2009-08-06 / Local & State

Stalled Pa. Budget No Closer After 2-Hour Talks

By Mark Scolforo ASSOCIATED PRESS WRITER

HARRISBURG, Pa. (AP) - State budget negotiators expressed frustration at their lack of progress Sunday following a closed-door, two-hour meeting that left the sides as far apart as ever.

Any hopes of a breakthrough in the standoff, now entering its second month, were dashed after high-ranking lawmakers drove away in disappointment from Democratic Gov. Ed Rendell's official residence along the Susquehanna River in Harrisburg.

Senate Majority Leader Dominic Pileggi, R-Delaware, said Democrats presented him and his colleagues with what he described as a 13-page "must-have list'' of items they insist be included in the final budget. Republicans said paying for all those items would require about $1.6 billion in new taxes, and they are determined not to agree to increasing the personal income tax or sales tax rates.

Last month, the Democraticcontrolled House passed a $29.1 billion spending plan that would require tax increases, and the Republican controlled Senate approved a $27.1 billion proposal that would cut programs and tap reserve funds but not increase taxes.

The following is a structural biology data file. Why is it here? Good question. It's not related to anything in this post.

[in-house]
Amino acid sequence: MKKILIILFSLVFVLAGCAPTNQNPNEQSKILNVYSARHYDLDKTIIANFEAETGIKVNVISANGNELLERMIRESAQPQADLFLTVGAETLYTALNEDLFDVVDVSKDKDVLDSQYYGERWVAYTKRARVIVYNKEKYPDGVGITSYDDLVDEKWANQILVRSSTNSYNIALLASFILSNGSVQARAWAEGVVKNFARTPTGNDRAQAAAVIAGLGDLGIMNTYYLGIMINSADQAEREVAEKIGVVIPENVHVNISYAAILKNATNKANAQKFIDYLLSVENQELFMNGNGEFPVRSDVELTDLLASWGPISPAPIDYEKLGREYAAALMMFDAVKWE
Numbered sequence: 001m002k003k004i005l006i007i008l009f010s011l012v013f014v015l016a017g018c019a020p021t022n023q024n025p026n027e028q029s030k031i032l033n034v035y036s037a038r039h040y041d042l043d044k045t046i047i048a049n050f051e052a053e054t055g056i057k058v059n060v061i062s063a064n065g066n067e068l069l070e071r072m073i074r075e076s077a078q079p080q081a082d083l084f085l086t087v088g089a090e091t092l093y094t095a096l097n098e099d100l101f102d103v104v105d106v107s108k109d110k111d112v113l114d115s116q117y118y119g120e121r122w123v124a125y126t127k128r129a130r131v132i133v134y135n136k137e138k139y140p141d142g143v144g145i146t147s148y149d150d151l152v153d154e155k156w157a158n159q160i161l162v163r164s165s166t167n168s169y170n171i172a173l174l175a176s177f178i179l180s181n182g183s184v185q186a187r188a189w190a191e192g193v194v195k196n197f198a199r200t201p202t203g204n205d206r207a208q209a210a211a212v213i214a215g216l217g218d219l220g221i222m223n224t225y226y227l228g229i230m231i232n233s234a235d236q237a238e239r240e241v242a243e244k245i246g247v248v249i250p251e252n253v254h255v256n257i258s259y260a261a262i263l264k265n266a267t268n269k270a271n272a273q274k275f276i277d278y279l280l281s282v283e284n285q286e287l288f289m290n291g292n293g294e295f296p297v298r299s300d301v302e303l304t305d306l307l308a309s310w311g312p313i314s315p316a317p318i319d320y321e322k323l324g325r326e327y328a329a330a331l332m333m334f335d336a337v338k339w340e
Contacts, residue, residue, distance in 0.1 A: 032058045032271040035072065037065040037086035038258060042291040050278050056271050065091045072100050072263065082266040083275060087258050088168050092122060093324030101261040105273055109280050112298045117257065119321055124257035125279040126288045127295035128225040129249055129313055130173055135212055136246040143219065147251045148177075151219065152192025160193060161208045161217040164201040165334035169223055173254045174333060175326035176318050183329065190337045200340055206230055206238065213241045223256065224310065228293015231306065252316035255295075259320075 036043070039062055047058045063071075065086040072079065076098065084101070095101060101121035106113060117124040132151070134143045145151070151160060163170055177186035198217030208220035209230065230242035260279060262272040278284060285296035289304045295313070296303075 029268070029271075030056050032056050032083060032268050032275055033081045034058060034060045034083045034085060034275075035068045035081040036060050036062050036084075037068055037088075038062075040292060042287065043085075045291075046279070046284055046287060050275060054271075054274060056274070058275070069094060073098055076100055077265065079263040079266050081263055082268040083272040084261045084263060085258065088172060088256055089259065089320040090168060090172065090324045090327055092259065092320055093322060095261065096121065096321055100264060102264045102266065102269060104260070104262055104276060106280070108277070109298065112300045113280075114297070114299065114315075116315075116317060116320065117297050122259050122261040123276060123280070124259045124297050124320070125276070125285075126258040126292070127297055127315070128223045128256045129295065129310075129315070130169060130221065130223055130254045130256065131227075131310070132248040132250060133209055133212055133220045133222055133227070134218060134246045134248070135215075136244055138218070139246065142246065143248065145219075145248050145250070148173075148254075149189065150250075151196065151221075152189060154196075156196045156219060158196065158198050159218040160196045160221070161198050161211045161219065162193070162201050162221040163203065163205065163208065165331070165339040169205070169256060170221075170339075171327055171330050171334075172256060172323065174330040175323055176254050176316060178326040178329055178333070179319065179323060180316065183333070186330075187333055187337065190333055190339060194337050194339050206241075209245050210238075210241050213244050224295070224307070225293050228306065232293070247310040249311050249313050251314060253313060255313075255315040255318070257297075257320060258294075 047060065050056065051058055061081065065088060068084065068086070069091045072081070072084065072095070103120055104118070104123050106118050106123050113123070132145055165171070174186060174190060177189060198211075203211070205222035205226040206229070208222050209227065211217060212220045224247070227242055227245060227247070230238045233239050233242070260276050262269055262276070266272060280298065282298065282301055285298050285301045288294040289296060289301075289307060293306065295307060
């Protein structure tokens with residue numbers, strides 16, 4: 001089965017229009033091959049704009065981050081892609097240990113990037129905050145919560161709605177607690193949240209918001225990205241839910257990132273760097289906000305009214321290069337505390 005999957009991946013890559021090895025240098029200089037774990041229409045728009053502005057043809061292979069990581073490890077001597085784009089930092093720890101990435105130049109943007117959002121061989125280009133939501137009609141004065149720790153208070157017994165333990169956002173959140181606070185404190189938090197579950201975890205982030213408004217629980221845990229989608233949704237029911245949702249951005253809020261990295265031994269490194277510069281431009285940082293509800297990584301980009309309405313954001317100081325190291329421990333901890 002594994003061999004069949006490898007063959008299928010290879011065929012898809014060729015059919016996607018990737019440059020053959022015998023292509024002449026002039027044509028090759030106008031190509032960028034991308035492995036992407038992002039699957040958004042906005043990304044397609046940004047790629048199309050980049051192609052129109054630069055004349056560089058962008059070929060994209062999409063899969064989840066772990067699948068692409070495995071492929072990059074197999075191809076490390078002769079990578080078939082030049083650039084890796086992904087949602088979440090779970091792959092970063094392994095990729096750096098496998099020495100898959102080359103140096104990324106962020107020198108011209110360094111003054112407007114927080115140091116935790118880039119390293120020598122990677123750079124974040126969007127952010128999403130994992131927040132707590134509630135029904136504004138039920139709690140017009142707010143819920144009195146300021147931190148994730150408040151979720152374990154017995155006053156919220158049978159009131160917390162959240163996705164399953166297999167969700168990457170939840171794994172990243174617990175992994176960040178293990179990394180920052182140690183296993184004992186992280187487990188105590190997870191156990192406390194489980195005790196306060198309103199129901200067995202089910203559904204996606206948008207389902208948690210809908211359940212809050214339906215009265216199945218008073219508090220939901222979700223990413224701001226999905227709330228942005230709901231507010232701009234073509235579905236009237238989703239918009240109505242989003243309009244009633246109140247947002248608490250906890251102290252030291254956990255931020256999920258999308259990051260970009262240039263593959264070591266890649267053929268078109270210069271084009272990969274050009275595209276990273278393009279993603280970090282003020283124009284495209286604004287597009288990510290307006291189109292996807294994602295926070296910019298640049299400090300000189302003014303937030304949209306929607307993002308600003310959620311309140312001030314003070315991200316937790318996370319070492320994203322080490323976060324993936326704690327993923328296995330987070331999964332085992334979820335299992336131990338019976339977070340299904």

The next development in the budget battle is expected to occur on Monday, when Democratic leaders in the state House plan to call up a Republicanpenned bare-bones budget that passed the Senate on a party line vote about three months ago.

Democrats hope to pass that bill on Tuesday without any changes and send it to Rendell. The governor would then use his line item veto authority to pare it down drastically but leave in place the money and authority to pay state workers.

If that occurs, state employees would be paid several days later and would collect back pay that has accrued for the past month. Some of the state's tens of thousands of workers haven't received their full paychecks since July 1.

On Saturday, Rendell told the Pittsburgh Tribune-Review he was unwilling to abandon his proposed increase in the personal income tax from 3.07 percent to 3.57 percent.

"It's not off the table because it's the best way to get this done,'' Rendell said, adding that he will consider other tax options but felt he has cut as much as possible.

The governor described Sunday's meeting as a last-ditch effort to negotiate a deal.

"We tried very hard to meet them on a spending number,'' he told the paper.

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